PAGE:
There was a herculean effort put forth by my colleague Dr. Darren Cargill to get Dan at least some of the care that he needed. Having spent 26 years dealing with home care bureaucracy for patients who are covered, I cannot imagine how hard it was for Dr. Cargill to get care for someone who was not entitled to coverage through a loophole.
Dan wanted to die at home. It's appalling he didn't get his final wish.
What's worse, Dan was the FIFTH such patient Dr. Cargill had (as of 2016). While Dr. Cargill deserves to be commended for his efforts, not enough can be said about his daughters who bathed Dan, provided personal care and supported him pretty well round the clock for most of the final month of his life, because home care refused to provide services.
Eventually, Dan died in a hospice (Dr. Cargill pulled strings to get emergency funding). I have no doubt that the hospice provided excellent care, but Dan wanted to die at home. It's appalling he didn't get his final wish.
In response, MPP Lisa Gretzky sponsored a private members bill removing the three-month rule for palliative (end of life) patients. As is clearly noted by her and Dr. Cargill, while Dan could have been in hospital at no cost to the family, it would have cost the system $1,000 per day. Home care would cost considerably less. The numbers of patients affected by this loop hole are also incredibly small, so we are not talking big dollars here. We are talking about allowing people who are already dying to have some dignity and peace in their last hours.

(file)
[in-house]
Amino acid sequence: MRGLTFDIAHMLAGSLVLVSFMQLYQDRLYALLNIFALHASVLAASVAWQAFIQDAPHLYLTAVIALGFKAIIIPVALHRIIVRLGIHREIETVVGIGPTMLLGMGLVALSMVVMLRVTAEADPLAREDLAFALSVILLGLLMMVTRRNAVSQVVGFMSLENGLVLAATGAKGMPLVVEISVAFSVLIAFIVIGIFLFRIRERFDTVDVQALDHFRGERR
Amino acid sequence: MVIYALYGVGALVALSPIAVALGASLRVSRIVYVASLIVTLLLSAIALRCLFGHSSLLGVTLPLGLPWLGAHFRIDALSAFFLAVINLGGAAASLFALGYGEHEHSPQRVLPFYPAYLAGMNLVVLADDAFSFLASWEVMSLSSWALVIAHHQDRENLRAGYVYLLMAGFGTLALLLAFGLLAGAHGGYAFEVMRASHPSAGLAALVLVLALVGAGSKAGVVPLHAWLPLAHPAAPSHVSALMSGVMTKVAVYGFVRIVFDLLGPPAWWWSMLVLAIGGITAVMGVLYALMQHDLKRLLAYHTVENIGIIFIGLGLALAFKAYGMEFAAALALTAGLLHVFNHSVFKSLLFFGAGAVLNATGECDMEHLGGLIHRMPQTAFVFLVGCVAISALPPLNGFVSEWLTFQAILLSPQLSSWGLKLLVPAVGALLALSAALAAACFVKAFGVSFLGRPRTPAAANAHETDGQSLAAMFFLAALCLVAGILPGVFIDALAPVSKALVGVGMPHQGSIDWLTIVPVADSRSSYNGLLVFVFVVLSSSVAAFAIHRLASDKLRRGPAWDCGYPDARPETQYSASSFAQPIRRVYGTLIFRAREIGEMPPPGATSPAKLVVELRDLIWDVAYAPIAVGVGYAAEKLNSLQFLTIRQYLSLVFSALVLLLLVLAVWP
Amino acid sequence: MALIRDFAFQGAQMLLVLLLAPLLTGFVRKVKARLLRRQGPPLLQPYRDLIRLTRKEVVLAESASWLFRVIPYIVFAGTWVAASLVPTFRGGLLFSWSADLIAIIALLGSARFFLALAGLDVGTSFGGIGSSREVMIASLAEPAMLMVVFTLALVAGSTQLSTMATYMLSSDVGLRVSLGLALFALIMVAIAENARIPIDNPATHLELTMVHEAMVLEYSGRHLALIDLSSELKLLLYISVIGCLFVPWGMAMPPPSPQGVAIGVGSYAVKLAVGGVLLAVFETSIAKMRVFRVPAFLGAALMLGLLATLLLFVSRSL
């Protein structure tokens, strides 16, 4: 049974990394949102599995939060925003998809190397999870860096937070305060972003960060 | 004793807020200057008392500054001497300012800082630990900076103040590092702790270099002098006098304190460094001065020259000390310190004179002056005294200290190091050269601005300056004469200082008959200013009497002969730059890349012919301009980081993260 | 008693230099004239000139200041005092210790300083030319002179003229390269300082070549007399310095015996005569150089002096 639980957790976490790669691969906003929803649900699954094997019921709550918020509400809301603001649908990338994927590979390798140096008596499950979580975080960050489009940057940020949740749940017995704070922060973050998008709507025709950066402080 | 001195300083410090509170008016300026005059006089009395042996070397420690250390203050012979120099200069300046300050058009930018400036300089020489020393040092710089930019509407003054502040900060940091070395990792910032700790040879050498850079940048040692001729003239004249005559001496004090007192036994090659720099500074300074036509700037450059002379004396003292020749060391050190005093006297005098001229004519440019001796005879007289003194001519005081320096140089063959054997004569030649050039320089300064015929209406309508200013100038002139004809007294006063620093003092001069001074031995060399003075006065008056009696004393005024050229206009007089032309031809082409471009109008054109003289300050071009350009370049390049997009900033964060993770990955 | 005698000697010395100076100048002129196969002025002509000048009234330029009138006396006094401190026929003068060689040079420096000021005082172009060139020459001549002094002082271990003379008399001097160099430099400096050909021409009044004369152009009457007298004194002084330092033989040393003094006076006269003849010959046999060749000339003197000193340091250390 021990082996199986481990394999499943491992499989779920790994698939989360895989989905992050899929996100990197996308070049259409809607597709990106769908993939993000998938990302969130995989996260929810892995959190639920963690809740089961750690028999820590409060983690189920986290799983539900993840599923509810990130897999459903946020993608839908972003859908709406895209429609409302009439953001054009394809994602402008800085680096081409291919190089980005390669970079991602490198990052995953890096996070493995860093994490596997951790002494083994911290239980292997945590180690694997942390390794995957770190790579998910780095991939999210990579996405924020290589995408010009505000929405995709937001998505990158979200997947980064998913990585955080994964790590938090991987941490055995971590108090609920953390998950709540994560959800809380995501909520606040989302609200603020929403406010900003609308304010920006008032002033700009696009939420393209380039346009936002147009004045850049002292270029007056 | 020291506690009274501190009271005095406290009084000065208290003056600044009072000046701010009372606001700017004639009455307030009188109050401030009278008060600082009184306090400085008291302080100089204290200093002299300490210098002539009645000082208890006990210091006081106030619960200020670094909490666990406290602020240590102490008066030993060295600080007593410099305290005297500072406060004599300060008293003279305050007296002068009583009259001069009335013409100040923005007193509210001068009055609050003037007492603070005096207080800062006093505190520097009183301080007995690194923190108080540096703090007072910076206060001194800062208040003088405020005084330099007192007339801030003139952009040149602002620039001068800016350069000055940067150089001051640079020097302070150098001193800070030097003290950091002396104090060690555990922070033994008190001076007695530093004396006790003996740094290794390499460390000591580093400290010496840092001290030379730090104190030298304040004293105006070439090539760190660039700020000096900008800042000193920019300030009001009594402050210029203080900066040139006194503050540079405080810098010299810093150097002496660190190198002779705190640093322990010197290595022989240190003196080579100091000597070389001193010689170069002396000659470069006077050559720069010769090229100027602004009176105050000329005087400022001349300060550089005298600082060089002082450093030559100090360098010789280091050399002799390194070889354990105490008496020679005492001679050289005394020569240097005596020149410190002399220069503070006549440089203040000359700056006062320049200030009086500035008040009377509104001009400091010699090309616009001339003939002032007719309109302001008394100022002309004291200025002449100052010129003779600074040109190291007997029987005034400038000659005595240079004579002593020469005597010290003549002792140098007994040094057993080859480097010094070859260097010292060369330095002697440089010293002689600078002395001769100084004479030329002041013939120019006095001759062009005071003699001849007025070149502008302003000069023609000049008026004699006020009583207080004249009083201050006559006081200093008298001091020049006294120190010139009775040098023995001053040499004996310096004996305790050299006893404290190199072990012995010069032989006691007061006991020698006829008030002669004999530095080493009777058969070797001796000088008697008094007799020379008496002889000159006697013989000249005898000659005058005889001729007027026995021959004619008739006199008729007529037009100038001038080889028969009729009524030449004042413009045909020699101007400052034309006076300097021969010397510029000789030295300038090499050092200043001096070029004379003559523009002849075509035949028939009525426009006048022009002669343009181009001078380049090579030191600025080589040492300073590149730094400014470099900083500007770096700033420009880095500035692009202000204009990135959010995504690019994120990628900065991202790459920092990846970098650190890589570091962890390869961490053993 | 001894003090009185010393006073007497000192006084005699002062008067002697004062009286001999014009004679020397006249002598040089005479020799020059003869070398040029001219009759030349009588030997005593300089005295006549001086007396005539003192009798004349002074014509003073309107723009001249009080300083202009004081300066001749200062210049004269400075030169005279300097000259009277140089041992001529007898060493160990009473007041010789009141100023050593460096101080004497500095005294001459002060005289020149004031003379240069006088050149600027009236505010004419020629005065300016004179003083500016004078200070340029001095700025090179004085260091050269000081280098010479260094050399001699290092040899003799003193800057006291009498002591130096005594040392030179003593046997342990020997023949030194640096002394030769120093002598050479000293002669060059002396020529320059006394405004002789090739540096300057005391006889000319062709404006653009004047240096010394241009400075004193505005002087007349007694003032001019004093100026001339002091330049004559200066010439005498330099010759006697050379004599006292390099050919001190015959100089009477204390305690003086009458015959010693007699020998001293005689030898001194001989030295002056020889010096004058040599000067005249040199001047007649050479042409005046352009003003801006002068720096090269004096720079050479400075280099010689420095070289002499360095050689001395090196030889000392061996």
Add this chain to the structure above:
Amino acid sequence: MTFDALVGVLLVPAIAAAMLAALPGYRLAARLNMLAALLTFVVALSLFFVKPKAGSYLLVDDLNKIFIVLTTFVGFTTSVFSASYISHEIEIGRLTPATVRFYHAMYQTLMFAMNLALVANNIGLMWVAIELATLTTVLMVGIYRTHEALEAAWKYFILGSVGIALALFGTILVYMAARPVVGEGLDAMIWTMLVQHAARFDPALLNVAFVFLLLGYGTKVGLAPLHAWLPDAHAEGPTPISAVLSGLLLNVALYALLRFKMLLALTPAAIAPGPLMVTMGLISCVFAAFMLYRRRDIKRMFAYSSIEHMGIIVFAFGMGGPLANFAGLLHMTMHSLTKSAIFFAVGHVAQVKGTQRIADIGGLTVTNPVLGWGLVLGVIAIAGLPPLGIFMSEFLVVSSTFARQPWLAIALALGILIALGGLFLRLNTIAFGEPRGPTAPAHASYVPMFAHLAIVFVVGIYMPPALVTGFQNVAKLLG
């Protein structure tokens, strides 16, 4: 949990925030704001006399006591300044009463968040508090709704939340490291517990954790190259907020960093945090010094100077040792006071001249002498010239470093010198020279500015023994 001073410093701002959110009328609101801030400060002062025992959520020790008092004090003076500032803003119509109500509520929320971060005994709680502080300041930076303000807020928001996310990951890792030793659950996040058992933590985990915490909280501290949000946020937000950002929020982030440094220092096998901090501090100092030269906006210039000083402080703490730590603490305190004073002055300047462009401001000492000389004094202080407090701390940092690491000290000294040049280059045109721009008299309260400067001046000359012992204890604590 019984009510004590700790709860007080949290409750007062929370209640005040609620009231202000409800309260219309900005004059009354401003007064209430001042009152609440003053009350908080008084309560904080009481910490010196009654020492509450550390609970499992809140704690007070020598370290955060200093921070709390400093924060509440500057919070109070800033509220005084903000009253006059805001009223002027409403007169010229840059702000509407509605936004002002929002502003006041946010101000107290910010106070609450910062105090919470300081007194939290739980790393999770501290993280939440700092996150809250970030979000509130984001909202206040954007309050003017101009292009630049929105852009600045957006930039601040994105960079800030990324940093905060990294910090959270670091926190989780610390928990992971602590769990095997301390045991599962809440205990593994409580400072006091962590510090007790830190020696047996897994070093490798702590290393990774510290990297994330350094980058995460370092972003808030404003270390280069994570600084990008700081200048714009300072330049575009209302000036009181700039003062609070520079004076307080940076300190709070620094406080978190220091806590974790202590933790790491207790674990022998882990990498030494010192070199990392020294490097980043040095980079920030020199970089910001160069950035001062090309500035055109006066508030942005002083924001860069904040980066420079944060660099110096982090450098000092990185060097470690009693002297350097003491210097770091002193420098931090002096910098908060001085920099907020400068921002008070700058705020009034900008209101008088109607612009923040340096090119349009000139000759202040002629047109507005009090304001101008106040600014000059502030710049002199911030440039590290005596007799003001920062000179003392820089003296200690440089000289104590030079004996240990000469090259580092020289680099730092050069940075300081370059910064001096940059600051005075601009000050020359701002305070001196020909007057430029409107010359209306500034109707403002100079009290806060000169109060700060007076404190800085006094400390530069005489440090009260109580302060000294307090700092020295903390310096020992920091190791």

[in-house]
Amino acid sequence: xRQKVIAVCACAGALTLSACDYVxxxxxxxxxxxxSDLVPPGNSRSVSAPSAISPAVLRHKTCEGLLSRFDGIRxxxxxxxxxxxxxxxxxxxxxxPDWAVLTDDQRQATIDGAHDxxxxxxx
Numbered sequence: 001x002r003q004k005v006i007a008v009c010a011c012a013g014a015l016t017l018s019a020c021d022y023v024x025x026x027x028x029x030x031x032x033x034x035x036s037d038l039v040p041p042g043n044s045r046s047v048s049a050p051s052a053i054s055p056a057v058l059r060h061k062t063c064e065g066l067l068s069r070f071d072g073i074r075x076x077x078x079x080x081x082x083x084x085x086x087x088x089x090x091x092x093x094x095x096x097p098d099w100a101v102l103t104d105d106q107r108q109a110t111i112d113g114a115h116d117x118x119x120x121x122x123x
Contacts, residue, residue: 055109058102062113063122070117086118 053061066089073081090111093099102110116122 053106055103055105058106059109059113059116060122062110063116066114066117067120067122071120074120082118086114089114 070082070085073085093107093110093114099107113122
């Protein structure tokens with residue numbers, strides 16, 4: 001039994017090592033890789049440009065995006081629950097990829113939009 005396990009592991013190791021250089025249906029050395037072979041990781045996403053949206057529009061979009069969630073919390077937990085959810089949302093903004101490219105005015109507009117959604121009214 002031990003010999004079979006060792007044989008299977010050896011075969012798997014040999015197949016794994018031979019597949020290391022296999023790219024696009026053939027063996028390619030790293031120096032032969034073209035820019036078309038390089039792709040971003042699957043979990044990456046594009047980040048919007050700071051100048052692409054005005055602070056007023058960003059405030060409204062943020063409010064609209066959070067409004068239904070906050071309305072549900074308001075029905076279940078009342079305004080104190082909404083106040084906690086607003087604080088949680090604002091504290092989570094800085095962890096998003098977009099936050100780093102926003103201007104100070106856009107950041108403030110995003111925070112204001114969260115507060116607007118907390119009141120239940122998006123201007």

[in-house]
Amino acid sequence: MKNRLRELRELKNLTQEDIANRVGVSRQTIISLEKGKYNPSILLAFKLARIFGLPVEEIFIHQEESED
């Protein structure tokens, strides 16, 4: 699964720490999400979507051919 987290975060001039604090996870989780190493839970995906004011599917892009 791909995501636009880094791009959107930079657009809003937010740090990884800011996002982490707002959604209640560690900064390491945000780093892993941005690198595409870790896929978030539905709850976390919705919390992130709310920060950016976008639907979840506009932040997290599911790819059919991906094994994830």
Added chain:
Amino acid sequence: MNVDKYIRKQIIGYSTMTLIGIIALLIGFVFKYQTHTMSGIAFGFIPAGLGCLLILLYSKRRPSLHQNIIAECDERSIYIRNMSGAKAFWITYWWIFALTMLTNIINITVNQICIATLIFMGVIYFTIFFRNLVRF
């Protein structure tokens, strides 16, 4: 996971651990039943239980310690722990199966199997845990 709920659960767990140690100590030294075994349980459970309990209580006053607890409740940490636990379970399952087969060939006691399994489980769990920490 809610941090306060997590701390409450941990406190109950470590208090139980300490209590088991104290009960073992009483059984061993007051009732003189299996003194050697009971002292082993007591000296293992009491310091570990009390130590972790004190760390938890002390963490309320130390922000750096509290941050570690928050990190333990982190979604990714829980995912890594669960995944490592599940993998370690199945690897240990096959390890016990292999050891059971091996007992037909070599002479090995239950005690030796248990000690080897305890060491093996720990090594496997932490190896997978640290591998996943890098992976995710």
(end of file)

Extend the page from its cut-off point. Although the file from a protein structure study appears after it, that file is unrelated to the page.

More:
.@HelenaJaczek@ShafiqQaadriMPP@LGretzky proclaim #DansLaw and allow Ontarians access to #palliativeCare and the right to die at home- we cannot stand by and allow another family to endure this #MAiD#onpolihttps://t.co/dGak0CVgjL— NPAO (@NPAO2) March 5, 2018
Gretzky's private members bill quickly passed first and second reading in Provincial Parliament in 2016. Then, for 16 months, it sat before the Justice Policy committee and nothing happened. This committee is chaired by a physician, Dr. Shafiq Qaadri (yes, that one). How a physician could not have empathy for this situation is beyond me.
Worse, on March 15, Wynne prorogued the legislature "to lay out government priorities." (If you believe that, my friend is still available.) As a result, Dan's Law died, and has to be re-introduced. Who knows how long it will take to pass now.
A politician once said, "Care isn't a weakness. It isn't government overstepping. It's who we are. It's what we do." That politician? None other than Premier Kathleen Wynne. If these are not just empty words on her part, then she will do the right thing. She has the power to ensure Dan's Law passes in the legislature before her term's up. She can prove that caring, to her, is more than an empty election promise to woo votes.